Circularity in ICT Supply Chain Management : Assessing material efficiency in inventory management for circularity at Ericsson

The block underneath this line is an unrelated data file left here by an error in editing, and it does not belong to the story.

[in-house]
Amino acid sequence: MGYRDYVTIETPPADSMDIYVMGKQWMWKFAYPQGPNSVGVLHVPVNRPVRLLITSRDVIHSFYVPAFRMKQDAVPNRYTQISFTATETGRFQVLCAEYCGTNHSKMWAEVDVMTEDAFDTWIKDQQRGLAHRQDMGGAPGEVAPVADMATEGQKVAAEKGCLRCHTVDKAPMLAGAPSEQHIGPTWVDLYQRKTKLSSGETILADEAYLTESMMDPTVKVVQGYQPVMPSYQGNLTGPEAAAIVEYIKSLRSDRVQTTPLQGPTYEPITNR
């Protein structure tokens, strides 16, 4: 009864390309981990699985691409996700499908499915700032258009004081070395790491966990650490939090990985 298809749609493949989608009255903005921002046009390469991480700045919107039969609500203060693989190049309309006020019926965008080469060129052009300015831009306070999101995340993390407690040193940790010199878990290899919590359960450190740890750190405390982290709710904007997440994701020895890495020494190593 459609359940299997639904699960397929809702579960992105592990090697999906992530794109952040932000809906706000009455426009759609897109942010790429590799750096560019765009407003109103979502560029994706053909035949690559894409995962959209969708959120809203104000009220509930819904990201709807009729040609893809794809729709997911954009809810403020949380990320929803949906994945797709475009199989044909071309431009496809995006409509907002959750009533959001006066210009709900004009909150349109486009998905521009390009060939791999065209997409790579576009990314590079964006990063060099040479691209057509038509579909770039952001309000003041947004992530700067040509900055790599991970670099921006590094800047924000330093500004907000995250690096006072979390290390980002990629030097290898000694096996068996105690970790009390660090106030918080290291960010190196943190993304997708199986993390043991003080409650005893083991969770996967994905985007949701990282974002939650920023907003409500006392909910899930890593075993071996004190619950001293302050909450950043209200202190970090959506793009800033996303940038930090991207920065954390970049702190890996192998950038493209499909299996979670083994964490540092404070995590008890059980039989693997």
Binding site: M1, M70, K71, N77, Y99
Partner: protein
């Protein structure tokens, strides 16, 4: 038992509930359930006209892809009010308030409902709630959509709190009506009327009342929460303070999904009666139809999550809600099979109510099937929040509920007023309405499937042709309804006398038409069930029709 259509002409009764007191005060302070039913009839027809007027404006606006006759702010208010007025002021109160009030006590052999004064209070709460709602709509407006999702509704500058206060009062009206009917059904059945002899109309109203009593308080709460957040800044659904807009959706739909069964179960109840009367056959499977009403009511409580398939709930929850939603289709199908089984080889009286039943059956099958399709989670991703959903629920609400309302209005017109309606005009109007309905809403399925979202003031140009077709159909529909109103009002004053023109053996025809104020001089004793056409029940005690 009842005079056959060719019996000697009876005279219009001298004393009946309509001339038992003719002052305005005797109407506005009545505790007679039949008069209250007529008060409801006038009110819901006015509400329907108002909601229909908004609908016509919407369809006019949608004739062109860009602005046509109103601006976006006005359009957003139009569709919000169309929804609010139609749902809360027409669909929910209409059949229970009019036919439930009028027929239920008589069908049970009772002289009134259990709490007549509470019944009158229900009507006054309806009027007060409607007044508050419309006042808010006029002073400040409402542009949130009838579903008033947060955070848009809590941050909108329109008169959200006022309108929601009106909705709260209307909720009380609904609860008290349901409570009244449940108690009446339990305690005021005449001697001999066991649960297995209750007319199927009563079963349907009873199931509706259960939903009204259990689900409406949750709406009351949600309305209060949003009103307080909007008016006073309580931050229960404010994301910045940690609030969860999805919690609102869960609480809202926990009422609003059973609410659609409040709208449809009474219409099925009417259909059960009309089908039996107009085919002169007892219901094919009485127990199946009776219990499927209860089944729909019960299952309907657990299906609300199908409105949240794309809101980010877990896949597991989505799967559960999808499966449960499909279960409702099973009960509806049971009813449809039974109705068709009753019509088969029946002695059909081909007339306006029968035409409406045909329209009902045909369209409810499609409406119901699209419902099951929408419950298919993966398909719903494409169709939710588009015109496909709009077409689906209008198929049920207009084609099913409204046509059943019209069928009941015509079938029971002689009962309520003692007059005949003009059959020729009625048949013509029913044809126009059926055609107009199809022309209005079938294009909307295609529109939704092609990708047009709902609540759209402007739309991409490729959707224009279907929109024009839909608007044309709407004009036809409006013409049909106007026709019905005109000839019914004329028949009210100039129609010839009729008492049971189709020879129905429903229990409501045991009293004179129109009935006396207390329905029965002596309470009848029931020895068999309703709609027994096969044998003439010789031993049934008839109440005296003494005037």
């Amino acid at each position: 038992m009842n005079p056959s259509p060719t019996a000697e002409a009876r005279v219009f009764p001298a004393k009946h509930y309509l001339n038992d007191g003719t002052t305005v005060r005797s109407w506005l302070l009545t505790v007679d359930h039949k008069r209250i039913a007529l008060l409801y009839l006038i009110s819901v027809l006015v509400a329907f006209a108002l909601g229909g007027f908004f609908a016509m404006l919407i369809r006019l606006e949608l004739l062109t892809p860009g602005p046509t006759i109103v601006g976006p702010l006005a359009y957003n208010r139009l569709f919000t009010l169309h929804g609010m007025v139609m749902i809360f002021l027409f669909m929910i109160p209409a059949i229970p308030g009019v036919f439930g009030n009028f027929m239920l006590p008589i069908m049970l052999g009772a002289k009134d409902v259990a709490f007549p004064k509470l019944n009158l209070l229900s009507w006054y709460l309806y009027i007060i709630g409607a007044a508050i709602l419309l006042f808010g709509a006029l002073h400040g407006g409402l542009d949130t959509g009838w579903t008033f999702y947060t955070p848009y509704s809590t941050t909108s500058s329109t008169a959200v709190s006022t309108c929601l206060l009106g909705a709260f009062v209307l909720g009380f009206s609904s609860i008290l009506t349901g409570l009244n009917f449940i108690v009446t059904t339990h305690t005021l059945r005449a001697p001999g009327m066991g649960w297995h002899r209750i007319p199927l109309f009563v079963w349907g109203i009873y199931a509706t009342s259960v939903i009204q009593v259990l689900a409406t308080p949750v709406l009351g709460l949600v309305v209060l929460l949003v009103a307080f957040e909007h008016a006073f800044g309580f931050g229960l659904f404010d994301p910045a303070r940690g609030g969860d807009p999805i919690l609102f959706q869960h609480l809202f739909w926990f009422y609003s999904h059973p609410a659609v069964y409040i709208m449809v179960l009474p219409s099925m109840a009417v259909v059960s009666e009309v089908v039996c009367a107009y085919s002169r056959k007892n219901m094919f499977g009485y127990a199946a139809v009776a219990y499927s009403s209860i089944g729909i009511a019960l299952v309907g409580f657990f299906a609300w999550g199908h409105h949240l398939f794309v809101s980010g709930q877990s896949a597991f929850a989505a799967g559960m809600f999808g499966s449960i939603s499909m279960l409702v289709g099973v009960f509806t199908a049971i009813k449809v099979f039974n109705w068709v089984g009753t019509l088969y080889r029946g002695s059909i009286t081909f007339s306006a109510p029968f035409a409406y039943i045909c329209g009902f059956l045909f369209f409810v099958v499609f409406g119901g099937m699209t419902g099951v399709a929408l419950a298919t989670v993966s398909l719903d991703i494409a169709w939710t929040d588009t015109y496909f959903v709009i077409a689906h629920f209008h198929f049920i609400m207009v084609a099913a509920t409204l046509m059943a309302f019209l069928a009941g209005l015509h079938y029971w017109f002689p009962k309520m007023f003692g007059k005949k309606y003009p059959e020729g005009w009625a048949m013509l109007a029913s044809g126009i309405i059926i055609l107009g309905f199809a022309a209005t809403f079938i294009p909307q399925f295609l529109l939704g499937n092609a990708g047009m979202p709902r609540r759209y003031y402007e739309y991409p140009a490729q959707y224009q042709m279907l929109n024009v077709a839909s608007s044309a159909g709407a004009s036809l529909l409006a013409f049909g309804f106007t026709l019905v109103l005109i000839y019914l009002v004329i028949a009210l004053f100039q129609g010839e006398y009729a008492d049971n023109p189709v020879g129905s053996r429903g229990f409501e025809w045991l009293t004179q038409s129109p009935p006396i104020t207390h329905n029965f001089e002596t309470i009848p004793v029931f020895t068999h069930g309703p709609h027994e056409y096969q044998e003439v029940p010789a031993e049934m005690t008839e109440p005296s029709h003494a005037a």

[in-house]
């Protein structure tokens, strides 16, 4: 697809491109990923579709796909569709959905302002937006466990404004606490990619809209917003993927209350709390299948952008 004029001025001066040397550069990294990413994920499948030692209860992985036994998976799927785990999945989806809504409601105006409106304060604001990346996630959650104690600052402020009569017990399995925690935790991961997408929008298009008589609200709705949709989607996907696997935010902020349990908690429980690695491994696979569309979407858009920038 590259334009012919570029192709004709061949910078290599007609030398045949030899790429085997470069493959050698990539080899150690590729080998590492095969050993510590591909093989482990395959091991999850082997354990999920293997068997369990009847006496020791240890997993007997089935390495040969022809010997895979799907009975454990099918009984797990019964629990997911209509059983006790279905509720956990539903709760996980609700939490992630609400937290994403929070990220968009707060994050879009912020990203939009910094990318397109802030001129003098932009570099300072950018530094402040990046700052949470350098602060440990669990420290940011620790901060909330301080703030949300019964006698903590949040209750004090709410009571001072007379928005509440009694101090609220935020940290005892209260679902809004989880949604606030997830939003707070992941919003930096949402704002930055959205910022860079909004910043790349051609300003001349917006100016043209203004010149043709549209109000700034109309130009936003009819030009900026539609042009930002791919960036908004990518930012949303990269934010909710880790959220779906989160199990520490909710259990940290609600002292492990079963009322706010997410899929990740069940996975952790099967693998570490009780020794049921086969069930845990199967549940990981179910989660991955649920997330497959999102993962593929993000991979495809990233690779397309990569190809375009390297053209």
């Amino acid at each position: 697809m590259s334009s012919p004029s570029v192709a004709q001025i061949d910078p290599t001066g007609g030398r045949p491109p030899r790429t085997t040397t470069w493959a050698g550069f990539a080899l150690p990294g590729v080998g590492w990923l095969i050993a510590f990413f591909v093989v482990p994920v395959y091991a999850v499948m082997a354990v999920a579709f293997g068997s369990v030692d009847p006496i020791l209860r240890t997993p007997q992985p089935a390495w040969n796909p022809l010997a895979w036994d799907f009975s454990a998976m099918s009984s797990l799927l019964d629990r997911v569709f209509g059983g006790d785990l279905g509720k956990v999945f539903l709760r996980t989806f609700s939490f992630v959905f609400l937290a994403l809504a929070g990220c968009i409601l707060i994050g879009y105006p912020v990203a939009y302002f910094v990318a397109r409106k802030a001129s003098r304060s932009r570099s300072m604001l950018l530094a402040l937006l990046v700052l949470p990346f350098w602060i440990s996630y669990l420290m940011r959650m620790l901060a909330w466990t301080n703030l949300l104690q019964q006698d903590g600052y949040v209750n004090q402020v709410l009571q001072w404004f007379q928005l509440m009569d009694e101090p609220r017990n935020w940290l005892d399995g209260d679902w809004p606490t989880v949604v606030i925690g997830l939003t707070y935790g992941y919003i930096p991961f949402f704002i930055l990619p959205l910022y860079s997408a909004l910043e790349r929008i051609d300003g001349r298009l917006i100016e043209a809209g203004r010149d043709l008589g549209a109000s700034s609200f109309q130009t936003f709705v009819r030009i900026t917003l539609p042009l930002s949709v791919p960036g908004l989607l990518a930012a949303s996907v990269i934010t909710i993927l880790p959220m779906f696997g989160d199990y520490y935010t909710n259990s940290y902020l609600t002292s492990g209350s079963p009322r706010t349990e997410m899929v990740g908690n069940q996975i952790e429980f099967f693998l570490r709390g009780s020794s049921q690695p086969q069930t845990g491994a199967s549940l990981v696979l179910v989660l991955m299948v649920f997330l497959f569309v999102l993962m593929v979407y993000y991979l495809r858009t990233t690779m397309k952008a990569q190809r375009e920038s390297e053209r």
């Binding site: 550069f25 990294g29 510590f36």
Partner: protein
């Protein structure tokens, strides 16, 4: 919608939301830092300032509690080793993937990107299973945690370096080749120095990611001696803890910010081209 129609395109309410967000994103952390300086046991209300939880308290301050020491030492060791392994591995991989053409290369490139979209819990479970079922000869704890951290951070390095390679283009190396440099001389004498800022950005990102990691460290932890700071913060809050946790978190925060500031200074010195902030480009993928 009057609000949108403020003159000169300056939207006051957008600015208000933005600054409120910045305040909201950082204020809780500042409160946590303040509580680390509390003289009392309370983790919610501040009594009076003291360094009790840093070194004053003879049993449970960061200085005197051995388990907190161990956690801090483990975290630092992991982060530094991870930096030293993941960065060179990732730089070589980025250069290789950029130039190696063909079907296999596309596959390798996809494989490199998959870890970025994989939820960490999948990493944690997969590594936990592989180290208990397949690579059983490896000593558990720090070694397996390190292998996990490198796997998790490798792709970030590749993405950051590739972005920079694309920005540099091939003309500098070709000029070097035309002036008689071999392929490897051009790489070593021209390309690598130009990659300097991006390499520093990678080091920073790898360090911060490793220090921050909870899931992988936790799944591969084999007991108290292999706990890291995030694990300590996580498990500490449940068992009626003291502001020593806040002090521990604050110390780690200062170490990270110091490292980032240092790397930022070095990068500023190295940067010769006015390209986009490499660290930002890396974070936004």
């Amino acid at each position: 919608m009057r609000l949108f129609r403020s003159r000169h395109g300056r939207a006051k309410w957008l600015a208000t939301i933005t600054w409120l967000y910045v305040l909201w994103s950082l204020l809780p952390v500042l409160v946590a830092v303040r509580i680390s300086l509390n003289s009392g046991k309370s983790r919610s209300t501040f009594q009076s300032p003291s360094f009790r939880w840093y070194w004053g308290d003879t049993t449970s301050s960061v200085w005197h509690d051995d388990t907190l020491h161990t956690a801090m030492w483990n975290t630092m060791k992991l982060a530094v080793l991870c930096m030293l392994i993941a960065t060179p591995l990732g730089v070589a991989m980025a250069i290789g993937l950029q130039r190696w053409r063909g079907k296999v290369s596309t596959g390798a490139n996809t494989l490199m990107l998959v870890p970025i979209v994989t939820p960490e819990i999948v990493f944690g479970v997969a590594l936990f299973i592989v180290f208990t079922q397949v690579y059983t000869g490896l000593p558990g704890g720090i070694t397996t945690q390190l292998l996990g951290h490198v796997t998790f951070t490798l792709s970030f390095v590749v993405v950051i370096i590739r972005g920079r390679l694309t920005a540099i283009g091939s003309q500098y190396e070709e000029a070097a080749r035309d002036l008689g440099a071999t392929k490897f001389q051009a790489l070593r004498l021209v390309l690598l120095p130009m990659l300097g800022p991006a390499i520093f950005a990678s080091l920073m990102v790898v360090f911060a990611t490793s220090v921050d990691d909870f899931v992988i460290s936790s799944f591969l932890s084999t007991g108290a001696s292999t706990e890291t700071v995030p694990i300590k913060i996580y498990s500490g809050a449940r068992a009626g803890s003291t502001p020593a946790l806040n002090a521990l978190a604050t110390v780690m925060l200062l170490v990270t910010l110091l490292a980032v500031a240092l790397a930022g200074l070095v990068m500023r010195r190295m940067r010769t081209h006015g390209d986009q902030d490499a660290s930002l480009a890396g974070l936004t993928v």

Abstract: In the currently dominating linear economy, there is a strong focus on the forward supply of products, where products and materials are being replaced and wasted at an increasing pace. In addition to this, there are products not even reaching customers, being scrapped as a result of them being excess in inventories. As the increasingly noted circular economy aims to control the flows of materials so that these are circulated and the value of them is kept as high as possible while minimizing waste, it offers a set of tools useful to increase the material efficiency of excess inventories. The purpose of this thesis is to investigate how improved inventory management can increase material efficiency from a circular economy perspective, to improve environmental and economic sustainability performance. A case study was completed at a global company in the ICT manufacturing sector where the current processes for handling excess inventory were studied along with the implications of product modularization. While exploring this topic, the thesis further aims to identify barriers and potentials to improving inventory management from the circular economy perspective. In enabling this, a qualitative study was performed, collecting empirical data through interviews with employees and researchers to use as the base for analysis and discussion. The findings present that although processes for managing products in excess inventory exist at the case company, there is great room for improvement regarding both a wider application of these along with the incentives and efficiency of them. The selection of products to be recirculated is today greatly dominated by economic factors, where typically only high-value products tend to be considered and the environmental aspect is somewhat lost in this consideration. Moreover, modularization is identified as an enabler for increased material efficiency in inventory management, reducing unique components and materials in inventories and thereby the risk of scrapping. However, these positive effects of modularization on the material efficiency are unfortunately not expected to be seen in the nearest time, but rather in the future. Furthermore, several barriers to improved inventory management are identified, also indicating the existing potentials for improvement and capabilities required for this. The most prominent barriers recognized are organizational, technological and economic barriers. The majority of them are internal barriers existing within the organization.
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